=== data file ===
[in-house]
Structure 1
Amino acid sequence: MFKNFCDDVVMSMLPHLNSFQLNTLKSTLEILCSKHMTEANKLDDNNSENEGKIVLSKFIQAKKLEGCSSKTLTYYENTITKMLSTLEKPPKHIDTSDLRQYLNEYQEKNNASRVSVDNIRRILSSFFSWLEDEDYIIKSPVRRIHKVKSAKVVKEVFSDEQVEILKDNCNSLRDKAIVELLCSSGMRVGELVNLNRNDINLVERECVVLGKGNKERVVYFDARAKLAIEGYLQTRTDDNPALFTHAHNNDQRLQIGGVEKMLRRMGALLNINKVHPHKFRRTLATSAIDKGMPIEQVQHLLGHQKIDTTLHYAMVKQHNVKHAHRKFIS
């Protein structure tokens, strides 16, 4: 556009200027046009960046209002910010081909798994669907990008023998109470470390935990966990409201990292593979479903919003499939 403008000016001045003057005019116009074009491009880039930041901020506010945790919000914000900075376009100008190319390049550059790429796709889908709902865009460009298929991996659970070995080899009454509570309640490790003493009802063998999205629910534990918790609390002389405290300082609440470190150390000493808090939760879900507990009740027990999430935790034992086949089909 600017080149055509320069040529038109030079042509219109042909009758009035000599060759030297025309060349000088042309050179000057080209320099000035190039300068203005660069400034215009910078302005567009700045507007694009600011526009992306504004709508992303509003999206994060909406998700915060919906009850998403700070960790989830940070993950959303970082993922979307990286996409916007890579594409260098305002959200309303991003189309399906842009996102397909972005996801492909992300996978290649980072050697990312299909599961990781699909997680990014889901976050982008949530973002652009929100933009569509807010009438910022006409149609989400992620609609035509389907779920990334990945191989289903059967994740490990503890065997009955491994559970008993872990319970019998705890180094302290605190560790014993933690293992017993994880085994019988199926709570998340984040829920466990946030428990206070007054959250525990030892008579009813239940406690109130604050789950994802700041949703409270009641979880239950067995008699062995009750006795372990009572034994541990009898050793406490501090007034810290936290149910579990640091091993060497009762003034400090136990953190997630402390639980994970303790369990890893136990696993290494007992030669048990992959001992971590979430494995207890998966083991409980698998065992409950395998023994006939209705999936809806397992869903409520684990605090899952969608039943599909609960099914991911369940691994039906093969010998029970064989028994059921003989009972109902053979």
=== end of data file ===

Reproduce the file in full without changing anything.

[in-house]
Structure 1
Amino acid sequence: MFKNFCDDVVMSMLPHLNSFQLNTLKSTLEILCSKHMTEANKLDDNNSENEGKIVLSKFIQAKKLEGCSSKTLTYYENTITKMLSTLEKPPKHIDTSDLRQYLNEYQEKNNASRVSVDNIRRILSSFFSWLEDEDYIIKSPVRRIHKVKSAKVVKEVFSDEQVEILKDNCNSLRDKAIVELLCSSGMRVGELVNLNRNDINLVERECVVLGKGNKERVVYFDARAKLAIEGYLQTRTDDNPALFTHAHNNDQRLQIGGVEKMLRRMGALLNINKVHPHKFRRTLATSAIDKGMPIEQVQHLLGHQKIDTTLHYAMVKQHNVKHAHRKFIS
């Protein structure tokens, strides 16, 4: 556009200027046009960046209002910010081909798994669907990008023998109470470390935990966990409201990292593979479903919003499939 403008000016001045003057005019116009074009491009880039930041901020506010945790919000914000900075376009100008190319390049550059790429796709889908709902865009460009298929991996659970070995080899009454509570309640490790003493009802063998999205629910534990918790609390002389405290300082609440470190150390000493808090939760879900507990009740027990999430935790034992086949089909 600017080149055509320069040529038109030079042509219109042909009758009035000599060759030297025309060349000088042309050179000057080209320099000035190039300068203005660069400034215009910078302005567009700045507007694009600011526009992306504004709508992303509003999206994060909406998700915060919906009850998403700070960790989830940070993950959303970082993922979307990286996409916007890579594409260098305002959200309303991003189309399906842009996102397909972005996801492909992300996978290649980072050697990312299909599961990781699909997680990014889901976050982008949530973002652009929100933009569509807010009438910022006409149609989400992620609609035509389907779920990334990945191989289903059967994740490990503890065997009955491994559970008993872990319970019998705890180094302290605190560790014993933690293992017993994880085994019988199926709570998340984040829920466990946030428990206070007054959250525990030892008579009813239940406690109130604050789950994802700041949703409270009641979880239950067995008699062995009750006795372990009572034994541990009898050793406490501090007034810290936290149910579990640091091993060497009762003034400090136990953190997630402390639980994970303790369990890893136990696993290494007992030669048990992959001992971590979430494995207890998966083991409980698998065992409950395998023994006939209705999936809806397992869903409520684990605090899952969608039943599909609960099914991911369940691994039906093969010998029970064989028994059921003989009972109902053979």